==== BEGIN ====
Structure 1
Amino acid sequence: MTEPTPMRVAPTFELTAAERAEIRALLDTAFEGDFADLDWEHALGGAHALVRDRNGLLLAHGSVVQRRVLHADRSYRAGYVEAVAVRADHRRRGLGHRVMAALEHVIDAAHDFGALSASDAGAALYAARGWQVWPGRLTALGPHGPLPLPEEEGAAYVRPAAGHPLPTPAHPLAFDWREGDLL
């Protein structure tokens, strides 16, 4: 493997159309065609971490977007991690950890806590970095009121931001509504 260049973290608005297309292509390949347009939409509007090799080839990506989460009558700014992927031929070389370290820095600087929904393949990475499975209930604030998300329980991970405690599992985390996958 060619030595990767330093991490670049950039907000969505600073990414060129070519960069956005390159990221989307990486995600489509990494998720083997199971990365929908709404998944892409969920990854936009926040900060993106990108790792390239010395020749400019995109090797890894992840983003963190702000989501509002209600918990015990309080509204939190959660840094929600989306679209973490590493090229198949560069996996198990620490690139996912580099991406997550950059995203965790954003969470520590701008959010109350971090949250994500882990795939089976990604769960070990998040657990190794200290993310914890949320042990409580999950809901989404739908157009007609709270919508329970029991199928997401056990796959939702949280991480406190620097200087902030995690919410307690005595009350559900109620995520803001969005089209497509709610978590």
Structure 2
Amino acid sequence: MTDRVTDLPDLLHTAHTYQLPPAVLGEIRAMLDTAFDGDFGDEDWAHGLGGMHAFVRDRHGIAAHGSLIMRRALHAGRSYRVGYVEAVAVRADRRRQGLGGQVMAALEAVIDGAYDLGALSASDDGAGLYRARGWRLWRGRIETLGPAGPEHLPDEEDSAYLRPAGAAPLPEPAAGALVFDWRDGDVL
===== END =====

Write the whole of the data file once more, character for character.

Structure 1
Amino acid sequence: MTEPTPMRVAPTFELTAAERAEIRALLDTAFEGDFADLDWEHALGGAHALVRDRNGLLLAHGSVVQRRVLHADRSYRAGYVEAVAVRADHRRRGLGHRVMAALEHVIDAAHDFGALSASDAGAALYAARGWQVWPGRLTALGPHGPLPLPEEEGAAYVRPAAGHPLPTPAHPLAFDWREGDLL
């Protein structure tokens, strides 16, 4: 493997159309065609971490977007991690950890806590970095009121931001509504 260049973290608005297309292509390949347009939409509007090799080839990506989460009558700014992927031929070389370290820095600087929904393949990475499975209930604030998300329980991970405690599992985390996958 060619030595990767330093991490670049950039907000969505600073990414060129070519960069956005390159990221989307990486995600489509990494998720083997199971990365929908709404998944892409969920990854936009926040900060993106990108790792390239010395020749400019995109090797890894992840983003963190702000989501509002209600918990015990309080509204939190959660840094929600989306679209973490590493090229198949560069996996198990620490690139996912580099991406997550950059995203965790954003969470520590701008959010109350971090949250994500882990795939089976990604769960070990998040657990190794200290993310914890949320042990409580999950809901989404739908157009007609709270919508329970029991199928997401056990796959939702949280991480406190620097200087902030995690919410307690005595009350559900109620995520803001969005089209497509709610978590």
Structure 2
Amino acid sequence: MTDRVTDLPDLLHTAHTYQLPPAVLGEIRAMLDTAFDGDFGDEDWAHGLGGMHAFVRDRHGIAAHGSLIMRRALHAGRSYRVGYVEAVAVRADRRRQGLGGQVMAALEAVIDGAYDLGALSASDDGAGLYRARGWRLWRGRIETLGPAGPEHLPDEEDSAYLRPAGAAPLPEPAAGALVFDWRDGDVL